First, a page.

GETTING TO KNOW: MATT KEEGAN

Saxophonist Matt Keegan regularly performs throughout Australia and around the world. He appears on over 50 albums as a recording artist, is a featured soloist for many well-known groups both past and present and has performed at music festivals across the globe.

Matt Keegan’s search for new sounds first drew him to India in 2009 and the start of a music collaboration with West Bengali musicians resulting in a new group The Three Seas in New Delhi, India and an international cross-cultural collaboration. In 2011, Keegan won the prestigious MCA Freedman Fellowship for jazz and has subsequently produced a recording with his new group The Three Seas in New Delhi, India and began making touring plans.

His band, The Matt Keegan Trio, have released five albums to critical acclaim. Keegan is currently an integral member of bands including; the Steve Hunter Band; the Jazzgroove Mothership Orchestra; The Stu Hunter Experiment; Declan Kelly’s Diesel and Dub; The Beautiful Girls.  He has arranged the music for horn sections for projects with artists including; Passenger; Emma Pask; Ray Beadle; and the TV show The Voice.  As a composer he has been commissioned to write works for the Australian High Commission in Thailand; The Zephyr String Quartet; and Elisian Fields.

In professional capacity Keegan has also played, recorded and or toured with groups including the Darren Percival band, James Muller Band, The World According to James, Phil Slater’s Sun Songbook, Mark Isaacs Resurgence Band, 20th Century Dog , Jackie Orszaczky, Sarah Blasko, Thirsty Merc, The Japan Australia Jazz Orchestra (JPN) and Maroon 5 (USA).

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The Street talked to Matt as he prepares to bring The Three Seas to Canberra.

DESCRIBE YOUR RELATIONSHIP WITH MUSIC.

Music is how I best express myself.

WHAT ARE THE POSSIBILITIES OF THE SAXOPHONE FOR YOU AS AN INSTRUMENT?

As musicians we are only really limited by our imaginations. I play sax in all kinds of music – there are lots of ways to fit in musically if you think outside the box. I like to use electronics to broaden the possibilities too. For The Three Seas project I am playing baritone sax. It works well with the Indian instruments because it sits in a complimentary register.

THE THREE SEAS HAS BEEN DESCRIBED AS A LABOUR OF LOVE FOR YOU AND HAS BEEN TEN YEARS IN THE MAKING. WHAT INSPIRED YOU TO TAKE ON THIS PROJECT?

When I first travelled to India and met my band mates I had a strong feeling that something worthwhile could come from a collaboration.  I could hear in my imagination a really interesting blend of sounds – we are still refining it today.

WHAT HAVE YOU LEARNED ALONG THE WAY?

Patience. Lots about music. Working in musical areas outside your comfort zone is a humbling experience but the best way to assimilate something new.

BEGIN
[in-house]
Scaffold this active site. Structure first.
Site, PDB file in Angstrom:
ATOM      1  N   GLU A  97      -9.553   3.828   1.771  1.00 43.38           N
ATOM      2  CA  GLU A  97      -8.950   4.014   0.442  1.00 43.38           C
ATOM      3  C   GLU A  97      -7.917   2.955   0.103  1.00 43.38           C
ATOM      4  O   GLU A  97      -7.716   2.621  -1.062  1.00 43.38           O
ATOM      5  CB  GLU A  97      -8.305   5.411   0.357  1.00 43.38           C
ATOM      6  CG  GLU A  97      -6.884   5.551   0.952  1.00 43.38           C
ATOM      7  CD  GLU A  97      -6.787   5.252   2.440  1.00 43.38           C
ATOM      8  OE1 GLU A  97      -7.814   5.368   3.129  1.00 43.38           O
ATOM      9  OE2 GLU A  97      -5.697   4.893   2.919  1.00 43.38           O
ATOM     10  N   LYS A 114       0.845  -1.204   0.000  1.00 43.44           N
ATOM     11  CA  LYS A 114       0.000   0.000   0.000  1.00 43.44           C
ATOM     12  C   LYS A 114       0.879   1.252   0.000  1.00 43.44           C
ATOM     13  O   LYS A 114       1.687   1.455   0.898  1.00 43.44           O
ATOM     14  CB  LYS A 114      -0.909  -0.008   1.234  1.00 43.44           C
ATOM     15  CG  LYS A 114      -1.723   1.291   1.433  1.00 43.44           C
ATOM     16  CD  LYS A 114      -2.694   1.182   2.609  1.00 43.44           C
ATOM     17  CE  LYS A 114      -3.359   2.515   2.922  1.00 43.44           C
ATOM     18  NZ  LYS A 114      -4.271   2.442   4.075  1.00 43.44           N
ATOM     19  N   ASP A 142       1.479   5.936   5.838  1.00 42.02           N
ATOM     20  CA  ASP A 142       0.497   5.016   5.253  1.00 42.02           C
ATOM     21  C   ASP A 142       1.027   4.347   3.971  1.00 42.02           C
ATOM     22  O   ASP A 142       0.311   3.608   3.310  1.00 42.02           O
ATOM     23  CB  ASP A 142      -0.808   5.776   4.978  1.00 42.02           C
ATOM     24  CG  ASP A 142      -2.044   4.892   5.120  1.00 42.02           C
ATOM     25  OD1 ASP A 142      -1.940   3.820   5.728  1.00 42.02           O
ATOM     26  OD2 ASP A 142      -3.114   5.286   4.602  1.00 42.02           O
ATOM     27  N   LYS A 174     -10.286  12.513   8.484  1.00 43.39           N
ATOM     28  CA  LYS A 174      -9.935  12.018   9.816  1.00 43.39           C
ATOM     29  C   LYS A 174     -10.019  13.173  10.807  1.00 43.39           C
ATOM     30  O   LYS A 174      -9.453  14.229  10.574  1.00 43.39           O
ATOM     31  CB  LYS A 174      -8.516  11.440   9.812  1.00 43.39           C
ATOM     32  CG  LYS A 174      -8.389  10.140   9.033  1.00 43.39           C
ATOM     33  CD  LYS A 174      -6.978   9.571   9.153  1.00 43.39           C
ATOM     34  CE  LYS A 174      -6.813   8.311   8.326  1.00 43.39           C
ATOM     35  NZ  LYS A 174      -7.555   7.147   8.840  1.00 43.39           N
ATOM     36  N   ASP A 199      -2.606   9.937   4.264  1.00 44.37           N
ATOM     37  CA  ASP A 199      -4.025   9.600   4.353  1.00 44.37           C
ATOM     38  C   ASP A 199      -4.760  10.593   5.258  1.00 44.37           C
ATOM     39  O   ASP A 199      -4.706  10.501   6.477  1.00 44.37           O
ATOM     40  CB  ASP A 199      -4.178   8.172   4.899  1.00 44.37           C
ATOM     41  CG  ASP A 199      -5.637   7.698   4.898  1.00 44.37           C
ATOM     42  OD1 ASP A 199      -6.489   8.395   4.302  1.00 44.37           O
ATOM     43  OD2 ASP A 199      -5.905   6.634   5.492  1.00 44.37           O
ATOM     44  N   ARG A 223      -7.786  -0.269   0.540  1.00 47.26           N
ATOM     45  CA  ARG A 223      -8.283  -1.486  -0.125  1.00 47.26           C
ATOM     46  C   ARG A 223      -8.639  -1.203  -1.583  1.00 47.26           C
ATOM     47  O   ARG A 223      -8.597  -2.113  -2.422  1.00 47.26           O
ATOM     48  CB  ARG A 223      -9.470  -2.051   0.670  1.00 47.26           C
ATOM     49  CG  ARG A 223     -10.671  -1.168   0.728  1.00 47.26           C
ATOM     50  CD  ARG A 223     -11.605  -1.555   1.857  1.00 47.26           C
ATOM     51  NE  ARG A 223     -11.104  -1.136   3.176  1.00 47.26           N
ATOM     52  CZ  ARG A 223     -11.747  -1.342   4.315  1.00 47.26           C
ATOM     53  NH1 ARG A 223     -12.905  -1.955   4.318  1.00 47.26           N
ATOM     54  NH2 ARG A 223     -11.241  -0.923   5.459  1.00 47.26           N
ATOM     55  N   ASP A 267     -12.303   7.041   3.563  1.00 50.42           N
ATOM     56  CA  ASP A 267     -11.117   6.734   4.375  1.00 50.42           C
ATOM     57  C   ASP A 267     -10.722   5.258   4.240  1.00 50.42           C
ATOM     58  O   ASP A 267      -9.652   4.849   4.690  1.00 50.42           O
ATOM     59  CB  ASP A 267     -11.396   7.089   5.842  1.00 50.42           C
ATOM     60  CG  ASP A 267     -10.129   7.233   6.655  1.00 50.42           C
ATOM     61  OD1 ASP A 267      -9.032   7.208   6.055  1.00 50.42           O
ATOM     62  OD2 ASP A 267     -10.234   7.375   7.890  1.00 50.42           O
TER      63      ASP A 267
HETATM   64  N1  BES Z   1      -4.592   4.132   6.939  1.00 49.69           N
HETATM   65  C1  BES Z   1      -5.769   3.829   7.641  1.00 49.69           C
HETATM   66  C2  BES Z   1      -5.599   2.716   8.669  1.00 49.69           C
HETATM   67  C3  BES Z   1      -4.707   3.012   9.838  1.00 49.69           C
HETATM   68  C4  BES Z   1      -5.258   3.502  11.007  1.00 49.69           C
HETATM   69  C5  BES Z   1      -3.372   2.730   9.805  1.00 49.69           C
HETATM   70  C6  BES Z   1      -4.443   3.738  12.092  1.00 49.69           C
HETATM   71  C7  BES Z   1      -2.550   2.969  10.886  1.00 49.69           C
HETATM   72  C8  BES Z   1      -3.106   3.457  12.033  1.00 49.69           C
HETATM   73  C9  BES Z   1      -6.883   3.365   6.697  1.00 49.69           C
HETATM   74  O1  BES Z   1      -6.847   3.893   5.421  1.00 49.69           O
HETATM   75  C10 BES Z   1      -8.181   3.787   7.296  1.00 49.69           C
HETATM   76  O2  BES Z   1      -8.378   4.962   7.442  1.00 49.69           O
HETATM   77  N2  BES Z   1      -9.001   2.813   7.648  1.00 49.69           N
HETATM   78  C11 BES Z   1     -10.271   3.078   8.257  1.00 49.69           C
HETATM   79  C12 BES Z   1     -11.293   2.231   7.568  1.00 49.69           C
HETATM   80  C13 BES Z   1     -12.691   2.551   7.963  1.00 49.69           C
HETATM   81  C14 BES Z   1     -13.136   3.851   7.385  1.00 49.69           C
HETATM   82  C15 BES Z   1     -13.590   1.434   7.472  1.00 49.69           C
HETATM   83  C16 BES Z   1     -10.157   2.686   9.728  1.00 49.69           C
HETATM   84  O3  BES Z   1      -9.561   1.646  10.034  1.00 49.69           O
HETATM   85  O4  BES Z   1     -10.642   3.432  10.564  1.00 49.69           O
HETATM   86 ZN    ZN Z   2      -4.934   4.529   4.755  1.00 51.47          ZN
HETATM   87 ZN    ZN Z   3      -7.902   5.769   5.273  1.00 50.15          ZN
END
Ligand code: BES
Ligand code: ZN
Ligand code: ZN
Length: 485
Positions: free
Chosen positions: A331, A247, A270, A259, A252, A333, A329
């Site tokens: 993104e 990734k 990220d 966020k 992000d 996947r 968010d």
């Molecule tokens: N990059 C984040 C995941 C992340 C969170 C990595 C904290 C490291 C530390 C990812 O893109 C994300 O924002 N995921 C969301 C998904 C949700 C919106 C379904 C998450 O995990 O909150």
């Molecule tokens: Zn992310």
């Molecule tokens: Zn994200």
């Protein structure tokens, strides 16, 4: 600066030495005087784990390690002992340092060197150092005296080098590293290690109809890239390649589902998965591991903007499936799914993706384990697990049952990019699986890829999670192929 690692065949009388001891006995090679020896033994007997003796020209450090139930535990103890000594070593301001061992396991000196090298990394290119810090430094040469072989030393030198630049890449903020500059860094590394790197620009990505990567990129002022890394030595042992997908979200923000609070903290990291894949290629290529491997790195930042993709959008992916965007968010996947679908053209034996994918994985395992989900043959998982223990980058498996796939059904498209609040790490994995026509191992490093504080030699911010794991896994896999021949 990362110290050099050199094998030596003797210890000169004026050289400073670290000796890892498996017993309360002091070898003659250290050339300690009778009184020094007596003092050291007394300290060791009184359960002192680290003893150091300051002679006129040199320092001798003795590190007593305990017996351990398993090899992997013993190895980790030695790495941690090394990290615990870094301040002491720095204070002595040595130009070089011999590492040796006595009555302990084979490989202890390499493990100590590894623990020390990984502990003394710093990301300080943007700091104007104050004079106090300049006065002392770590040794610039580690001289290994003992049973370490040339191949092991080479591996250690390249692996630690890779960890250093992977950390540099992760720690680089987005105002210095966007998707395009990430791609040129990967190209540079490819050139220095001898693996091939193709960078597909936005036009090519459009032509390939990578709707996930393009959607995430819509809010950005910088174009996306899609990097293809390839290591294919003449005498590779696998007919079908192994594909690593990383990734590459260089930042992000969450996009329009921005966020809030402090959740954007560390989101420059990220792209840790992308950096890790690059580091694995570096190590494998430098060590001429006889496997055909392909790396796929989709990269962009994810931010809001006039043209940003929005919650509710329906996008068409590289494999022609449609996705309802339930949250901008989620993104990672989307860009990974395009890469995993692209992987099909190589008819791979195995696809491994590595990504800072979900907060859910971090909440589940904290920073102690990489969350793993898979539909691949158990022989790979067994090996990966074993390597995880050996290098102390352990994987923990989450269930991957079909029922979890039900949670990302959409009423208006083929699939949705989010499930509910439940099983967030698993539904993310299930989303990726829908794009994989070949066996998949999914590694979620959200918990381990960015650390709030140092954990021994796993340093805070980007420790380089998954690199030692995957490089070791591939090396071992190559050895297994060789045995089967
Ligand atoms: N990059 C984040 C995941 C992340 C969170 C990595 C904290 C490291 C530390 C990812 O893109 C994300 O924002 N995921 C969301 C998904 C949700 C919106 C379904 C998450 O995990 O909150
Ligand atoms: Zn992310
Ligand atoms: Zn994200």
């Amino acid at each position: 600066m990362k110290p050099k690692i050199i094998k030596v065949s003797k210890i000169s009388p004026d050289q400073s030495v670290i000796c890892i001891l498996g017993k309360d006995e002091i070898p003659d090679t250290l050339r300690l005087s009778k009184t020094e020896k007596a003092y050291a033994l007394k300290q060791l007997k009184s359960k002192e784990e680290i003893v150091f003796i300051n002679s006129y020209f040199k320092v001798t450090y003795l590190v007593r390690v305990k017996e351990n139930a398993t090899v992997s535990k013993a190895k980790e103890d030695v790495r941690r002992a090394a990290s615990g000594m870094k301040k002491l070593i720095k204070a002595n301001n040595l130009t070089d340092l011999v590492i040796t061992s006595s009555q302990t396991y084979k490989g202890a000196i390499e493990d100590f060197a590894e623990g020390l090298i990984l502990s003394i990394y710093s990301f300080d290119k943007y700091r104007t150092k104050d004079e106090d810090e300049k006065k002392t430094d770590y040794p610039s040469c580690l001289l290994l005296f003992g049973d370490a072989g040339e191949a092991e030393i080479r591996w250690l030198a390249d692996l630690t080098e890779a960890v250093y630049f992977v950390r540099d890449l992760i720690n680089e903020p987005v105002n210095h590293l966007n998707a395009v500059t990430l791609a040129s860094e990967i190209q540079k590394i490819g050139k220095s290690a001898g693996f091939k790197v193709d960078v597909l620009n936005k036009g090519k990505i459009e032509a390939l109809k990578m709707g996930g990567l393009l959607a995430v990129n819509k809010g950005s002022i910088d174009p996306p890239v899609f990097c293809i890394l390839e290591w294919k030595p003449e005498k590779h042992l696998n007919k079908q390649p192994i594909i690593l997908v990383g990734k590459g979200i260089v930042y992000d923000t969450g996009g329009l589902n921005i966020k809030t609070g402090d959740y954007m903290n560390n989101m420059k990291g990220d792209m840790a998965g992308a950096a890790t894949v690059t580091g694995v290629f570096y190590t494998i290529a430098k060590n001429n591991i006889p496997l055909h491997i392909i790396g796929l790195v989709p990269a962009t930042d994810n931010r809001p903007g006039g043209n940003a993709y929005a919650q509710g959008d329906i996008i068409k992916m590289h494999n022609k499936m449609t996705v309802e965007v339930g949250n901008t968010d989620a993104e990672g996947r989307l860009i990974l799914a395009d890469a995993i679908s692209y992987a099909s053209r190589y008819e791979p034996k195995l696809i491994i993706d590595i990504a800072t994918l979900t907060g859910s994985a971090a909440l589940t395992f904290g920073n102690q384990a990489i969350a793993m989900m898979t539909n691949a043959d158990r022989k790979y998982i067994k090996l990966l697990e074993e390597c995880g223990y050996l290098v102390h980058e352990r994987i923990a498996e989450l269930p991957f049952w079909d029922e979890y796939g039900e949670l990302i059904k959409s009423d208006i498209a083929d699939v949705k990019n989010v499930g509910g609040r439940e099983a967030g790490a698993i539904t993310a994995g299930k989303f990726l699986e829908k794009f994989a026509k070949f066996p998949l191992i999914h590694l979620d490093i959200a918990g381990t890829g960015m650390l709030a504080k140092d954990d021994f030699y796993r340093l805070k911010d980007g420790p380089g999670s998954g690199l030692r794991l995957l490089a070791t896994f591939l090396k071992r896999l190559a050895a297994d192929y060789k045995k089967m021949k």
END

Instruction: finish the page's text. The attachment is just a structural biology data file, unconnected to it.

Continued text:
I’ve also learnt that we live a privileged life here in Australia. A fact we all tend to take for granted.

YOU ARE PLAYING A LEADERSHIP ROLE IN CROSS-CULTURAL COLLABORATIONS IN THE WORLD OF MUSIC. WHY IS THIS IMPORTANT TO YOU AND WHAT IS YOUR APPROACH TO COLLABORATION WITH OTHER ARTISTS?

It is very important for me because it is through music that I feel I can offer the most to society.  Cross cultural collaboration is an extremely important symbol of cooperation and understanding.

My approach to cross cultural collaboration is the same as any other interaction I have with musicians.   How can we make this work together? What are our skill sets and how can present them?  How can we make each member of the group feel comfortable and play at their best?

WHAT ARE THE CHALLENGES IN LEADING A CROSS-CULTURAL INTERNATIONAL PROJECT?

Communication. Tyranny of distance. International travel is expensive and there are visas and other hurdles to get through to make it happen.

Staying focussed and aware of being respectful in cultural situations that are unfamiliar.  It is easy to make mistakes or have actions or words misinterpreted. In India, for example, an anglo Australian like me must be conscious of the colonial history and sensitive to the ramifications. My band mates trust my intentions now – but I don’t take that for granted.

HOW HAVE YOU APPROACHED COMPOSING MUSIC AND LEADING AN ENSEMBLE INCLUDING TRADITIONAL MUSICIANS AND THEIR MUSICAL HERITAGE?

In any musical situation that I am the band leader and or composer I ask the following questions:  What’s the instrumentation? How can we make these instruments sound best?  What key centres, what tempos? What are the performers musical personalities and how can I utilise their skills? How can we blend the sounds together in the most interesting ways?

Collaborations like this only work if the musicians involved are all willing to work together.  You need to create an environment where everyone feels safe to experiment, make mistakes and be a little musically vulnerable at times.

PLEASE SHARE YOUR PERSPECTIVE ON THE AUSTRALIAN MUSIC/JAZZ SCENE.

I think there is lots to celebrate about the Australian music scene – so much music being produced.

The rise of a stronger female presence in the Sydney music scene has been inspiring.  I find myself working with more and more young women.

Here in Sydney I’ve been enjoying checking out bands like Godtet, Planeface and Tangents.

WHAT’S INSPIRING YOU CREATIVELY AT THE MOMENT?

Inspiring me creatively at the moment is Rhythm & Sound.

 WHAT ARE YOU READING AND WATCHING CURRENTLY?

Last fiction novel I read was The Unconsoled by Kazuo Ishiguro

The Netflix documentary on Quincy Jones was fantastic. Some inspiring young Aussies had a lot to do with that movie too – Al Hicks and Johannes Leak.

http://www.thethreeseasmusic.com

 

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